bob_loblaw
12-12-2006, 03:26 AM
kjell samuellson, where the first name comes out as "shelf" somehow...

it's pronounced "schell" and the surname is samuelsson (1 l, 2 s's for those who wanna google it.)

also, ulf (pronounced "oolleff") samuelsson; aka 'knees mcgee' is not (contrary to widespread belief) kjell's brother... though how closely they may be actually related is, afaik, still up in the air.

pulykamell
12-12-2006, 03:30 AM
And I have no idea how you get "Shuv-von" out of Siobhan!

"Bh" = "v" (or "w," depending on the the vowels). Kinda like "ph" = "f" in English.
And "Sio" shouldn't be too much a stretch, we have combinations like "sion" in English.

pulykamell
12-12-2006, 03:35 AM
it's pronounced "schell" and the surname is samuelsson (1 l, 2 s's for those who wanna google it.)

Actually, the "kj" letter combination is pretty interesting (http://en.wikipedia.org/wiki/Kjell), as the "proper" pronunciation in Norweigian is like the "ch" in German "ich," but is being replaced by the English "sh" among many speakers.

Albert Rose
12-12-2006, 03:43 AM
Luxury Yacht/Throatwobbler Mangrove anyone?

bob_loblaw
12-12-2006, 03:55 AM
Actually, the "kj" letter combination is pretty interesting (http://en.wikipedia.org/wiki/Kjell), as the "proper" pronunciation in Norweigian is like the "ch" in German "ich," but is being replaced by the English "sh" among many speakers.

... which is why the most common english equivalent is "sch" ... sorta halfway between.

Hostile Dialect
12-12-2006, 04:00 AM
His last name was pronounced NETS-kash

Seems only appropriate for a professional hockey player, though, doesn't it?

pulykamell
12-12-2006, 04:13 AM
... which is why the most common english equivalent is "sch" ... sorta halfway between.

How is "sch" halfway in between? Spelling-wise or pronunciation-wise? "Sch" is pronounced the same as "sh" in English. At least in my dialect, "shell" and "schell" would be the same.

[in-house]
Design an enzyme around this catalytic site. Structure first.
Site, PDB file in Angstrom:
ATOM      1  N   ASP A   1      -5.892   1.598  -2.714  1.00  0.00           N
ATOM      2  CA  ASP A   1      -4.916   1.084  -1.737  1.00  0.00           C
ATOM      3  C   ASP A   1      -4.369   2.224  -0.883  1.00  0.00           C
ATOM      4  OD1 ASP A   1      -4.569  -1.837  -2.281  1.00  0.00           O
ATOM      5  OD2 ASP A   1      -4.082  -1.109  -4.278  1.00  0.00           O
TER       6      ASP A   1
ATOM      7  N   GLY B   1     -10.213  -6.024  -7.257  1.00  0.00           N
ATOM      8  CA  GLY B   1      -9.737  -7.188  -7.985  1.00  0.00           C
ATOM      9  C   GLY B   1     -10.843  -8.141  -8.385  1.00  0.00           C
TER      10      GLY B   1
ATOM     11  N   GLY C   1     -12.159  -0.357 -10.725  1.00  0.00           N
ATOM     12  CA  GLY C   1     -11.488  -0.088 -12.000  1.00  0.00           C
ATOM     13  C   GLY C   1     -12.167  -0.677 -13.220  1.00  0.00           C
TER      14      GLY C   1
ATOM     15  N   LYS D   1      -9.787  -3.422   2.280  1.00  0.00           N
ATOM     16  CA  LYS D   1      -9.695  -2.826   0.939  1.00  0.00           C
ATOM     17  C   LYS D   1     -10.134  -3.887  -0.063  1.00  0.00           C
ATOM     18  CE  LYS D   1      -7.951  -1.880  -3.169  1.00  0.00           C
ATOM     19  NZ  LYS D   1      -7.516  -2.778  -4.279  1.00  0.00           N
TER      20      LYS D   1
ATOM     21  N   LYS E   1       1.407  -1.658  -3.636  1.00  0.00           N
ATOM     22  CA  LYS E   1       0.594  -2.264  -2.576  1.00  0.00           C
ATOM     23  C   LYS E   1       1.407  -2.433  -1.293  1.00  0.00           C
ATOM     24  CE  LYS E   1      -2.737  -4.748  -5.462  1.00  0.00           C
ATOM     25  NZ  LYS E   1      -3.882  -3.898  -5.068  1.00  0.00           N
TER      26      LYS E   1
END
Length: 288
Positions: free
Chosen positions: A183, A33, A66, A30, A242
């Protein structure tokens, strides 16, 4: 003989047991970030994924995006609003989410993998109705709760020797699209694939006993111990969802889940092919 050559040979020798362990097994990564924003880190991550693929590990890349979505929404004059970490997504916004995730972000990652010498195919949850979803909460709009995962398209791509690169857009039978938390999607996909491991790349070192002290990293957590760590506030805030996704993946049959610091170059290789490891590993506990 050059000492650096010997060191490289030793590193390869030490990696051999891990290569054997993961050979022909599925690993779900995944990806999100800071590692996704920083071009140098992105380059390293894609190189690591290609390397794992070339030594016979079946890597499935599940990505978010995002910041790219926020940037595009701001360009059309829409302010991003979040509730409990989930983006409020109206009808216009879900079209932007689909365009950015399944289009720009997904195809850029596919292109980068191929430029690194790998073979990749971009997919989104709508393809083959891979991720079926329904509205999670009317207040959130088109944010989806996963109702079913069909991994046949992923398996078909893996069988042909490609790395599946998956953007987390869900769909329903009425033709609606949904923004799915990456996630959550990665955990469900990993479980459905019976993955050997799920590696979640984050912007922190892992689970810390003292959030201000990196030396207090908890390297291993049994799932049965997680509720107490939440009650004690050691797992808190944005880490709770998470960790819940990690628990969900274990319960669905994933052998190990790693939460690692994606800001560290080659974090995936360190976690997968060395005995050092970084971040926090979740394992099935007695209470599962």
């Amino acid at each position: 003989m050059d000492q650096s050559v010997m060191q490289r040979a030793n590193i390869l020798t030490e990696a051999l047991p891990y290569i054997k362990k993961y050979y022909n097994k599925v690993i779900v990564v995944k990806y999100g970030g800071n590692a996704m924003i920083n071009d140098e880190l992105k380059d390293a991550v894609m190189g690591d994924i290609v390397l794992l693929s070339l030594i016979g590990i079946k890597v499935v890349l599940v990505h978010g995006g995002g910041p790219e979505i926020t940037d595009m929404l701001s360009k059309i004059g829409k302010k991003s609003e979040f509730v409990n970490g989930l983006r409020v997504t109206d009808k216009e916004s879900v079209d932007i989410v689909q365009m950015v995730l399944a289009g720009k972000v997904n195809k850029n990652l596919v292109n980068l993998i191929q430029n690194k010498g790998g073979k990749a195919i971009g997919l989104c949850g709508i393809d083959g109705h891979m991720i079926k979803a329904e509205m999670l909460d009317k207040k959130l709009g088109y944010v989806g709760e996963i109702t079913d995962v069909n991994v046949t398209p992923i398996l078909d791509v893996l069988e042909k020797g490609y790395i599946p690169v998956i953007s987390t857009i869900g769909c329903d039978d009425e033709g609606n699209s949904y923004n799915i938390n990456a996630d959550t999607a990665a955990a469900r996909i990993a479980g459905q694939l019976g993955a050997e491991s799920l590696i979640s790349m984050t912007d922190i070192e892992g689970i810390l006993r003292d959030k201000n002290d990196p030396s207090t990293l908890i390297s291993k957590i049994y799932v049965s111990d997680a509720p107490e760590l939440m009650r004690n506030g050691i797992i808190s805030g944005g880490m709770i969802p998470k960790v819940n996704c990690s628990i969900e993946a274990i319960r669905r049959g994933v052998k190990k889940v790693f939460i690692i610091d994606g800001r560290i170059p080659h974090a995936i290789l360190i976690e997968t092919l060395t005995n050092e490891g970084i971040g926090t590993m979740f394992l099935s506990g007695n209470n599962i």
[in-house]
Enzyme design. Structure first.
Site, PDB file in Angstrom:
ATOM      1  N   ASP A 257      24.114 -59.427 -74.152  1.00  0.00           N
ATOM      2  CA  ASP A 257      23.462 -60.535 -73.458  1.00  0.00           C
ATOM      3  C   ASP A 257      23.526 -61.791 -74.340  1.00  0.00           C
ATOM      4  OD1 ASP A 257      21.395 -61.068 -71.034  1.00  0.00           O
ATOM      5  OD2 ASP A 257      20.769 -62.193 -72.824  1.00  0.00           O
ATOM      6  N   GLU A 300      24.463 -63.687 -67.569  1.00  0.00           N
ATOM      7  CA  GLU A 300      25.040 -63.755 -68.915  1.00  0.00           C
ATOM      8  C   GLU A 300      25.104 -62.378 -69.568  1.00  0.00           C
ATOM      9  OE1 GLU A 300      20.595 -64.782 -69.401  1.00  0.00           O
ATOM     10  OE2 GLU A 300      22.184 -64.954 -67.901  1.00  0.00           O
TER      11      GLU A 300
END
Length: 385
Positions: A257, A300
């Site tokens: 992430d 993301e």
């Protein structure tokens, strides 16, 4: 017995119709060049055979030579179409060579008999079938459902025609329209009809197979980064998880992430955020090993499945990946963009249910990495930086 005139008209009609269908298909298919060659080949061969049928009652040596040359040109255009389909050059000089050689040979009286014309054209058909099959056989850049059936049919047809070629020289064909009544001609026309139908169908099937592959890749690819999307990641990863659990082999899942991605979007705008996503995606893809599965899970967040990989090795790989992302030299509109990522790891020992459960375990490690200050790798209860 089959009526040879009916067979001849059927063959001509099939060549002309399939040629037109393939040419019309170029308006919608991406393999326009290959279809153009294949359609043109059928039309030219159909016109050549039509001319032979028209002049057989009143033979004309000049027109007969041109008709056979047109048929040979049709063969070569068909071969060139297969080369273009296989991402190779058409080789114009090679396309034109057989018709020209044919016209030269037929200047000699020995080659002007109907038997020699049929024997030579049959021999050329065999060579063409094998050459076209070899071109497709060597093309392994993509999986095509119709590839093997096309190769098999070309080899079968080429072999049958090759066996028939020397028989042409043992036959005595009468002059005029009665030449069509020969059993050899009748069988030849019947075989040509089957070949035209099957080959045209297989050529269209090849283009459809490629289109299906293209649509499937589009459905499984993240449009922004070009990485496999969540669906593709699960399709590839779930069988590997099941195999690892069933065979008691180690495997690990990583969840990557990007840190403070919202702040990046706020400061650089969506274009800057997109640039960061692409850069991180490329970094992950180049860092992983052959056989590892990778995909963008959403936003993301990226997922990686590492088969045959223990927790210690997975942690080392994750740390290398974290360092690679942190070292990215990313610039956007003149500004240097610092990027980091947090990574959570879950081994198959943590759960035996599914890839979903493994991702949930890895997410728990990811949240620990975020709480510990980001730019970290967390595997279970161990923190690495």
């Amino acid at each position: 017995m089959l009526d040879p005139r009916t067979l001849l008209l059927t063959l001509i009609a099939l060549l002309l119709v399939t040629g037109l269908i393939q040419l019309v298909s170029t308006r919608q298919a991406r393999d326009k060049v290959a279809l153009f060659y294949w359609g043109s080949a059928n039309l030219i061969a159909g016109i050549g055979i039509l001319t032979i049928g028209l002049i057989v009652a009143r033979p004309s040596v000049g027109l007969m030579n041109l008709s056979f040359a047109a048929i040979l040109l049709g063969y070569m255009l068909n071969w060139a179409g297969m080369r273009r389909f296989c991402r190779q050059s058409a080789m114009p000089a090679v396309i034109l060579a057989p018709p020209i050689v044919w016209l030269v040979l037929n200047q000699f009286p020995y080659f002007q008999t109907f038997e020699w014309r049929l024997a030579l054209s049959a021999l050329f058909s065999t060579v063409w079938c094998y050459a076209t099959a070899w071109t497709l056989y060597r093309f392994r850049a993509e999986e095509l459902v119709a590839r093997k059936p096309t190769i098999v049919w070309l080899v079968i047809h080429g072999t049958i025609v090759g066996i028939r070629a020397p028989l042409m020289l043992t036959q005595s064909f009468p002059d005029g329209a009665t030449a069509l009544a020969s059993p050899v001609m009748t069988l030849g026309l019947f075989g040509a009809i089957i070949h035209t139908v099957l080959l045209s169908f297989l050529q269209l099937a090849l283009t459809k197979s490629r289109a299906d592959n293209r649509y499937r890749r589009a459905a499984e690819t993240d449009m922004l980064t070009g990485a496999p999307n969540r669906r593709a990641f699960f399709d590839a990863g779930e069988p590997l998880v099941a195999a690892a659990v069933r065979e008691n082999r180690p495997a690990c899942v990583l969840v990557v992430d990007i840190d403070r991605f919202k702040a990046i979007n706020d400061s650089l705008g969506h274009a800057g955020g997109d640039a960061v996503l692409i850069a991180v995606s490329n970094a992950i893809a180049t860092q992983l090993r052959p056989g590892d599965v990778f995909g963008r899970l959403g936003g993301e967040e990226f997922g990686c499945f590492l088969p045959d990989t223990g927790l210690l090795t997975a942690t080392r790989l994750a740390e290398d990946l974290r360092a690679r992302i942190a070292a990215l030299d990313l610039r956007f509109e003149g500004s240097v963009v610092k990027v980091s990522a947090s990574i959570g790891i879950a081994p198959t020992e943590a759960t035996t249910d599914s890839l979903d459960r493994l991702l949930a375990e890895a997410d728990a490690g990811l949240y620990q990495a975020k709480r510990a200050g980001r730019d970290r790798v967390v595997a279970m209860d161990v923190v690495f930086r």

DSYoungEsq
12-12-2006, 10:44 AM
How is "sch" halfway in between? Spelling-wise or pronunciation-wise? "Sch" is pronounced the same as "sh" in English. At least in my dialect, "shell" and "schell" would be the same.
School? ;)

Crotalus
12-12-2006, 11:59 AM
My favorite name pronunciation is Tallifiero, which in the sourthern US is pronounced Tolliver.

lieu
12-12-2006, 12:39 PM
Strangely enough, we don't seem to have much difficulty in Canada pronouncing it "Favre."You mean putting an "eh" in it?

Trunk
12-12-2006, 12:51 PM
Havre de Grace, Maryland is typically pronounced

Havver dee grayce

Shame too, because ahhve duh grahss sounds much nicer.

Also, knew a Des Jardins growing up who pronounced it dess JAR dins. Ugly.

Stuffy
12-12-2006, 01:54 PM
There is the classic "Sade", the most excellent jazz singer. I think even she pronounces two or three different ways.


I've only ever heard it pronounced Sha-Day! What other ways have you heard it?

mangeorge
12-12-2006, 02:23 PM
I've only ever heard it pronounced Sha-Day! What other ways have you heard it?
Sar-day and Shar-day. Also Sa-day.
The first two on PBS concerts. They usually attempt to get it right.
I wonder if there's anything on wikpedia?

Diogenes the Cynic
12-12-2006, 02:32 PM
Golfer, Jose Maria Olazabal's last name is pronounced "O-la-THA-Bul" for some reason.

pulykamell
12-12-2006, 02:55 PM
Golfer, Jose Maria Olazabal's last name is pronounced "O-la-THA-Bul" for some reason.

I don't know who he is, but I'm guessing by that pronunciation that he's Spanish, as "c" (before "e" & "i") and "z" are pronounced close to English "th" in Castillian Spanish (the Spanish in Spain).

Hippy Hollow
12-12-2006, 03:12 PM
Sar-day and Shar-day. Also Sa-day.
The first two on PBS concerts. They usually attempt to get it right.
I wonder if there's anything on wikpedia?
"Sade" is a nick for Folasade. It's Nigerian, and I know a few. They're all "Sha-day" or "Shar-Day." I think the cassette of her first album had "Pronounced Shar-Day" on the spine.

Diogenes the Cynic
12-12-2006, 03:18 PM
I don't know who he is, but I'm guessing by that pronunciation that he's Spanish, as "c" (before "e" & "i") and "z" are pronounced close to English "th" in Castillian Spanish (the Spanish in Spain).
Yep, he is a native Spaniard. I guess that explains it. Thanks.

mangeorge
12-12-2006, 03:33 PM
"Sade" is a nick for Folasade. It's Nigerian, and I know a few. They're all "Sha-day" or "Shar-Day." I think the cassette of her first album had "Pronounced Shar-Day" on the spine.
Yeah, that fits with what I've heard on radio stations too. It is a stretch, though, for someone who doesn't know.
I think I have that cassette somewhere.
Thanks for the "horses mouth" report. :cool: That's the best explanation I've heard.
mangeorge